Grabher (2002) argues that project does not entirely replace the firm, but there are interdependencies between projects and firms as well as the personal relations, localities and corporate networks from which these projects mobilize essential sources; this is called project ecology. He uses example of the project ecology of record music industry. The recorded music industry is characterized by high innovation and task complexity that requires cooperation from difference skills. Recorded music industry illustrates that projects are more likely organized on the market instead of inside the boundaries of firm. However, the localized cluster in the advertising village shares the same basic principles of social organization with the global communication group. In addition, both ‘the village’ and ‘the group’ represents high level of diversity of organizational forms which is crucial in working. In addition the periods of ‘idleness’ in project work might be considered economic inefficient; however period of idleness is a part of the process that give a chance to rest and reflect.
Furthermore, the evidence from recorded music industry shows that geographical clustering has a significant role in market organized-project (Lorenzen and Frederiksen, 2005). Recorded music ecologies are often clustered in the world’s major cities (Scott, 1999). This because clustering allows people to interact with each; it creates social trust and allows information to be shared and available to all local firms (Grabher, 2005).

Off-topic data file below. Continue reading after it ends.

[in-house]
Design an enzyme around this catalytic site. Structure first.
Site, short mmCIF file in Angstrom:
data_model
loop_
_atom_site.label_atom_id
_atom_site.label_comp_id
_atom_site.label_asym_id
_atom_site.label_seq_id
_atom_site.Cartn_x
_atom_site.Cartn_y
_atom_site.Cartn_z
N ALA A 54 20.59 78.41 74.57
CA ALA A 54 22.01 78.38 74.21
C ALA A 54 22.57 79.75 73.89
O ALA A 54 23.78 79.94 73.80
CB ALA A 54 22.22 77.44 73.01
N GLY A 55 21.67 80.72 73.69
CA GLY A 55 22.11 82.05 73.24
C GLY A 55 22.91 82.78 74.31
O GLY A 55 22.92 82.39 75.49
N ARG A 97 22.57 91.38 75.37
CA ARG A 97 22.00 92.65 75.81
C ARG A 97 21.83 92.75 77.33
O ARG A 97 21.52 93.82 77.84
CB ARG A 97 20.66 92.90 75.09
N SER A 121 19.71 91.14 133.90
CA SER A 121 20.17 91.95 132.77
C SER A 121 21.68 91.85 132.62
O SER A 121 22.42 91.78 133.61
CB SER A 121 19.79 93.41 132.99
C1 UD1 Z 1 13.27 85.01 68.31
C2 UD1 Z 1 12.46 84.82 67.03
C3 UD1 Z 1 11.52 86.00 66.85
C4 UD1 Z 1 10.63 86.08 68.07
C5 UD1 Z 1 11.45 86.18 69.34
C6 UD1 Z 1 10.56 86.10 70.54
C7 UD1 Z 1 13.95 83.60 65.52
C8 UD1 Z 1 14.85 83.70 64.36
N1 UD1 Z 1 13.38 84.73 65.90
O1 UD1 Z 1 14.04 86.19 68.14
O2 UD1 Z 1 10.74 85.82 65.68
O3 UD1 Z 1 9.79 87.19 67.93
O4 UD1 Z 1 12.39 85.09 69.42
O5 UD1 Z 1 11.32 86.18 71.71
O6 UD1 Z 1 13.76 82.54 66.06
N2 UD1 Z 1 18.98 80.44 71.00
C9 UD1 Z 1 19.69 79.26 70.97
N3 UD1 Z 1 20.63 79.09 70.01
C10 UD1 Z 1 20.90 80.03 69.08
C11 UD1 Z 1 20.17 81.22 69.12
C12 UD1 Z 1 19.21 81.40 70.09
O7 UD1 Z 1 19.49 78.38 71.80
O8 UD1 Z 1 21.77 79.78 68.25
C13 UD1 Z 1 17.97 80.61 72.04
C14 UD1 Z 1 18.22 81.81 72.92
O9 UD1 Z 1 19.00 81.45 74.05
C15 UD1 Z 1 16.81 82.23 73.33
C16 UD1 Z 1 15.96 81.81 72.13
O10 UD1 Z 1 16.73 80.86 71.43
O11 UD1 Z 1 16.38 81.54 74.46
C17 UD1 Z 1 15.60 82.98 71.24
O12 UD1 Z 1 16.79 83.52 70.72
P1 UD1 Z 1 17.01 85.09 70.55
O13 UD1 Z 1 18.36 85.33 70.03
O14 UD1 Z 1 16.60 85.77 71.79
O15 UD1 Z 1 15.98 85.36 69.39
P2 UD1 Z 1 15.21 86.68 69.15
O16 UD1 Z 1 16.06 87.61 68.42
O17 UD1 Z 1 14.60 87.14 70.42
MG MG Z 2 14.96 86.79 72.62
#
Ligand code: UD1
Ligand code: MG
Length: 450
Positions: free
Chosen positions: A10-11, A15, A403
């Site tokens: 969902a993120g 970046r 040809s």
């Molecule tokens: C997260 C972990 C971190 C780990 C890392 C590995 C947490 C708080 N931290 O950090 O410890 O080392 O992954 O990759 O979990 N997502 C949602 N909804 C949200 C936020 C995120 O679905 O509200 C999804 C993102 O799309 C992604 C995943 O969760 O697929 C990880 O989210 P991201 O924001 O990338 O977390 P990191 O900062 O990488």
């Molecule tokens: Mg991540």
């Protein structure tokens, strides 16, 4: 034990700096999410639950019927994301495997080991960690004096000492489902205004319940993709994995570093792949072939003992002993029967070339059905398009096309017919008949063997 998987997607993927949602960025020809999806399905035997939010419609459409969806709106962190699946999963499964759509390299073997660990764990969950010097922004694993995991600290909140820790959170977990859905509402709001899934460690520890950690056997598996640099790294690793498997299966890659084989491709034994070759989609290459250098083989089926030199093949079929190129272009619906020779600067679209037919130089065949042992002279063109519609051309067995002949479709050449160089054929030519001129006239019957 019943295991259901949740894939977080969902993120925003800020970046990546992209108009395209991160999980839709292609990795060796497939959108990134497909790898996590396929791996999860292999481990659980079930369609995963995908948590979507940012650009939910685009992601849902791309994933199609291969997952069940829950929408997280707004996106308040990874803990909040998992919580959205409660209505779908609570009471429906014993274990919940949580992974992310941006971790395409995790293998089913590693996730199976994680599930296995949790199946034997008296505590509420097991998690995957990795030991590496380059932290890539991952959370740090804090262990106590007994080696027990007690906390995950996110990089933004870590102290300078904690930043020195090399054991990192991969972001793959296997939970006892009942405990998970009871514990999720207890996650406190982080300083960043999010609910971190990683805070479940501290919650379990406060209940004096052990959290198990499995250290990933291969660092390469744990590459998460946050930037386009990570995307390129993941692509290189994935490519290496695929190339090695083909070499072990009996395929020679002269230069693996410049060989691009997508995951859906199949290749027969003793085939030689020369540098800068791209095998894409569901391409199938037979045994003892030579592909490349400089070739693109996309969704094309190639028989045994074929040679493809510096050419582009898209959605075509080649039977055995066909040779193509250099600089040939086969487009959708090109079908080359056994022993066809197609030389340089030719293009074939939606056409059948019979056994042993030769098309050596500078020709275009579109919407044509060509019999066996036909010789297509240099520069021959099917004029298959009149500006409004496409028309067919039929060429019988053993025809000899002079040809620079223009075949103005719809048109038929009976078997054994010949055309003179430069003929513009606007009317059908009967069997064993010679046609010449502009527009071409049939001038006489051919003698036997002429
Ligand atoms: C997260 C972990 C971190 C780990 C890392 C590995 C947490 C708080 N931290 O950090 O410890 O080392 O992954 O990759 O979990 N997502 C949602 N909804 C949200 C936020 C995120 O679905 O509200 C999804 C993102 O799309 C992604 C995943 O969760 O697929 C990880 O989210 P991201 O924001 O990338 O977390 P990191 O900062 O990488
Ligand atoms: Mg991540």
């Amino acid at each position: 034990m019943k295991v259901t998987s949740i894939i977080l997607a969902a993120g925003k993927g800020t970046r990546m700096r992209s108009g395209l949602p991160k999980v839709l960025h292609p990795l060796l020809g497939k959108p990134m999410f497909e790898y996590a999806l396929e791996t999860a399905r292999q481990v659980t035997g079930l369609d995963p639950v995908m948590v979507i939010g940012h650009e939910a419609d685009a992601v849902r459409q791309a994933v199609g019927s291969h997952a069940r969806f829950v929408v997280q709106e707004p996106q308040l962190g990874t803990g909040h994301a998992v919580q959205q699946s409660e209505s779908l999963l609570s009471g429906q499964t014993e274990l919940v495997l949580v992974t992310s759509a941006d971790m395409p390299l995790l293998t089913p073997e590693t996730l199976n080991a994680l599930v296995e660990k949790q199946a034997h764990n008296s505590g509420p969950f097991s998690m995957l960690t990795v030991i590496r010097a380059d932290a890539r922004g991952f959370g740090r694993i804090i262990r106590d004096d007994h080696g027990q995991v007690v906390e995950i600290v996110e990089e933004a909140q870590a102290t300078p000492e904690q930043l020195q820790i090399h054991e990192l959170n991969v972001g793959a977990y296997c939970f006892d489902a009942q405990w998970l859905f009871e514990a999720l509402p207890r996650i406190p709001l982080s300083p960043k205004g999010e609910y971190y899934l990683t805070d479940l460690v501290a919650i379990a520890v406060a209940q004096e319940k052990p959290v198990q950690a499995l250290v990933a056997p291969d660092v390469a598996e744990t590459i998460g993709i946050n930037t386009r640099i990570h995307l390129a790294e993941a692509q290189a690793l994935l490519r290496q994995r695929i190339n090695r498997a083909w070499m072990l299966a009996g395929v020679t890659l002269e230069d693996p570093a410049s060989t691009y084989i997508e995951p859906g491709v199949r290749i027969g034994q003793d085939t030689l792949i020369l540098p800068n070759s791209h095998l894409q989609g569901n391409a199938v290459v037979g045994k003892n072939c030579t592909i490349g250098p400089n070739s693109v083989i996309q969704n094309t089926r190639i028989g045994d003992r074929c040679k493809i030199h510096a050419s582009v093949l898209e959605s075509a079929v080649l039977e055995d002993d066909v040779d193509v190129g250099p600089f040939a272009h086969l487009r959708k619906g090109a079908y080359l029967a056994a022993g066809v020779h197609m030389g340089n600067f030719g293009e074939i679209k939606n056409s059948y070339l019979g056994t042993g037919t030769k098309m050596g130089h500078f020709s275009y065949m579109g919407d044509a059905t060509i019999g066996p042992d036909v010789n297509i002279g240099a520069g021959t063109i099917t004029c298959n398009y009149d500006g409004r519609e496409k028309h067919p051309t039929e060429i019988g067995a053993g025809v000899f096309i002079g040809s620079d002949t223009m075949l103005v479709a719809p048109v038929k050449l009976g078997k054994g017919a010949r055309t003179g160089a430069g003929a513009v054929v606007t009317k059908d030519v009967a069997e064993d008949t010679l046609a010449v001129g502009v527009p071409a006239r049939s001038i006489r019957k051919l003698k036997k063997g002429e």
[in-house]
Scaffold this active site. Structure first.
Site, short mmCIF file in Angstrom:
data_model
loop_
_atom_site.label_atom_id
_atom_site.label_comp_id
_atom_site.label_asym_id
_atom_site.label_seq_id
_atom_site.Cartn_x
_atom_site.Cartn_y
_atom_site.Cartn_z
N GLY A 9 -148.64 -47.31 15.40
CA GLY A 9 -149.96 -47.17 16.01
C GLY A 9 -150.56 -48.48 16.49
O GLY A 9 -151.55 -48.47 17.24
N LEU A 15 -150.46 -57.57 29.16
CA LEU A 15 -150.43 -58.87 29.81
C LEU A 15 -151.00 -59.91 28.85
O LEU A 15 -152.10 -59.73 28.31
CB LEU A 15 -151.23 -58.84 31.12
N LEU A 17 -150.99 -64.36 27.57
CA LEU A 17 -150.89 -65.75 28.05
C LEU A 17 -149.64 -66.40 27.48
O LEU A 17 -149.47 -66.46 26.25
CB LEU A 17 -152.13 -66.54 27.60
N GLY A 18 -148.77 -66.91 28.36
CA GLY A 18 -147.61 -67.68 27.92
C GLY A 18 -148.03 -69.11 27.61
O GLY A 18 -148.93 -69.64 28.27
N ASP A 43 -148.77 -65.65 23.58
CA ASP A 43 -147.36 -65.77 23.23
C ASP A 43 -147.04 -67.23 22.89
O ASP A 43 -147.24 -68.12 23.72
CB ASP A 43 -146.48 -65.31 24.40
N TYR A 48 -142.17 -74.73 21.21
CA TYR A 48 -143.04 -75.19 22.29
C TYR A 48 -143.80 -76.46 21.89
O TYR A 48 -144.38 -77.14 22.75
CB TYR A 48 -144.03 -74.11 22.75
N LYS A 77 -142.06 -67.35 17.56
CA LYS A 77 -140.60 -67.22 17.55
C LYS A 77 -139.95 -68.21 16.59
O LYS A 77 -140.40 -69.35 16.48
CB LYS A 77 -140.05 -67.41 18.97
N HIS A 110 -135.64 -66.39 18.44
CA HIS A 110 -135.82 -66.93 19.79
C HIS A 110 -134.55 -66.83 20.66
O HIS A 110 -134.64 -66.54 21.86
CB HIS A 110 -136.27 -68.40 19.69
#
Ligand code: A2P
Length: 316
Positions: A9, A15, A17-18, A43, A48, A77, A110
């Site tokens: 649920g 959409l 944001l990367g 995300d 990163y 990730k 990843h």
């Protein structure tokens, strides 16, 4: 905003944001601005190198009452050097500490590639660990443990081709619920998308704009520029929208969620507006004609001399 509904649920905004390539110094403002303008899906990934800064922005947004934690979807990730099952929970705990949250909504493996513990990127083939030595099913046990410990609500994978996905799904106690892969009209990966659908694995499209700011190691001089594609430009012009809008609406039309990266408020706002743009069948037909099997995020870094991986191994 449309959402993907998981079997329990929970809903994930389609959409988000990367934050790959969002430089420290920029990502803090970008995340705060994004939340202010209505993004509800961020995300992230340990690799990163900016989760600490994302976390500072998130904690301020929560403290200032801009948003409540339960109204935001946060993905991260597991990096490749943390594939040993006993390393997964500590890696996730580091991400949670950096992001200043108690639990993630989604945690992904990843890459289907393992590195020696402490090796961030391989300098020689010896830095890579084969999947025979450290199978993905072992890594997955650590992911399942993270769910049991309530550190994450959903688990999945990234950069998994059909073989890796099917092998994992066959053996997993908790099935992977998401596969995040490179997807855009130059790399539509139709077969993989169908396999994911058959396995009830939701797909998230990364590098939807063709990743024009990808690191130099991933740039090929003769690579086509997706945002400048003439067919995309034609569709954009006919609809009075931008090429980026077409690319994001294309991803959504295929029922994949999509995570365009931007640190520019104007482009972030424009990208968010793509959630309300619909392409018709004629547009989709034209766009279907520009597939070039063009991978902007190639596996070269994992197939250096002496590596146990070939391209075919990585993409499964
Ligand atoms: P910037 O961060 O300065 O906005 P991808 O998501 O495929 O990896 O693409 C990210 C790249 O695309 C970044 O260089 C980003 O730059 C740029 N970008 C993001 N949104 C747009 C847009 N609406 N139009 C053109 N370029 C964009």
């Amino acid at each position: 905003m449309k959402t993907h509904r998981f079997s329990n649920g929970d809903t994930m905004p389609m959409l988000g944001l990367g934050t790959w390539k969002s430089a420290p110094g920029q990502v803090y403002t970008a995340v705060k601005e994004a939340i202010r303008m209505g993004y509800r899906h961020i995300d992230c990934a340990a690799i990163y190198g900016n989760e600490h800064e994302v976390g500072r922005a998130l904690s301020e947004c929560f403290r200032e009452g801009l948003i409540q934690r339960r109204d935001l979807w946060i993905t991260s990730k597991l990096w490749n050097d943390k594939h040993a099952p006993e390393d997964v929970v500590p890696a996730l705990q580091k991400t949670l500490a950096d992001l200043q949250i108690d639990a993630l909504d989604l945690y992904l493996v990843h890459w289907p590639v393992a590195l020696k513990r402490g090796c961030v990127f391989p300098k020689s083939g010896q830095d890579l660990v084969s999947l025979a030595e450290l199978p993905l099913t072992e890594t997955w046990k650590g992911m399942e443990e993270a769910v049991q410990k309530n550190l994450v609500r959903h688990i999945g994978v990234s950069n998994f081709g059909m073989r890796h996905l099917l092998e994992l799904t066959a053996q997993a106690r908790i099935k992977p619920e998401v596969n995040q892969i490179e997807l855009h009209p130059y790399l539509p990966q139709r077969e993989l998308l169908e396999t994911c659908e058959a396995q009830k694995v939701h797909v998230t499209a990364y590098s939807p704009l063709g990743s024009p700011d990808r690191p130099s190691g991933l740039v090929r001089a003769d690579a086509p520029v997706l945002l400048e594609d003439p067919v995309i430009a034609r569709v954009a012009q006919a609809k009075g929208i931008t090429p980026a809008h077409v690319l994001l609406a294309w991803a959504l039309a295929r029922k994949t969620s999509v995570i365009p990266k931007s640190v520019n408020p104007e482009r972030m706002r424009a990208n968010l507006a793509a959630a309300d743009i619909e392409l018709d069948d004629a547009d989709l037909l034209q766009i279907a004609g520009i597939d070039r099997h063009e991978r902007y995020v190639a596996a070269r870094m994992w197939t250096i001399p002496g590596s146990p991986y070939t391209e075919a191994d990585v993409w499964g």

Conclusion
To conclude, the notion of the firm as a ‘black box’ was challenge by organizational practices which are built instead around ‘projects’’. Project organizing undercuts the integrity of firm as a coherent and unitary actor because boundaries of project organization operate and cooperate across different firms. There are some paradoxes of project such as there are a lack the normative structures, there is no time to clarify member’s ability and develop confidence building. However these paradoxes could be overcome by including the social context into projects. The evidence from record music industry also illustrates that the projects are not completely replace the firm, but there are the interdependencies between projects and firms as well as the personal relations, localities and corporate networks.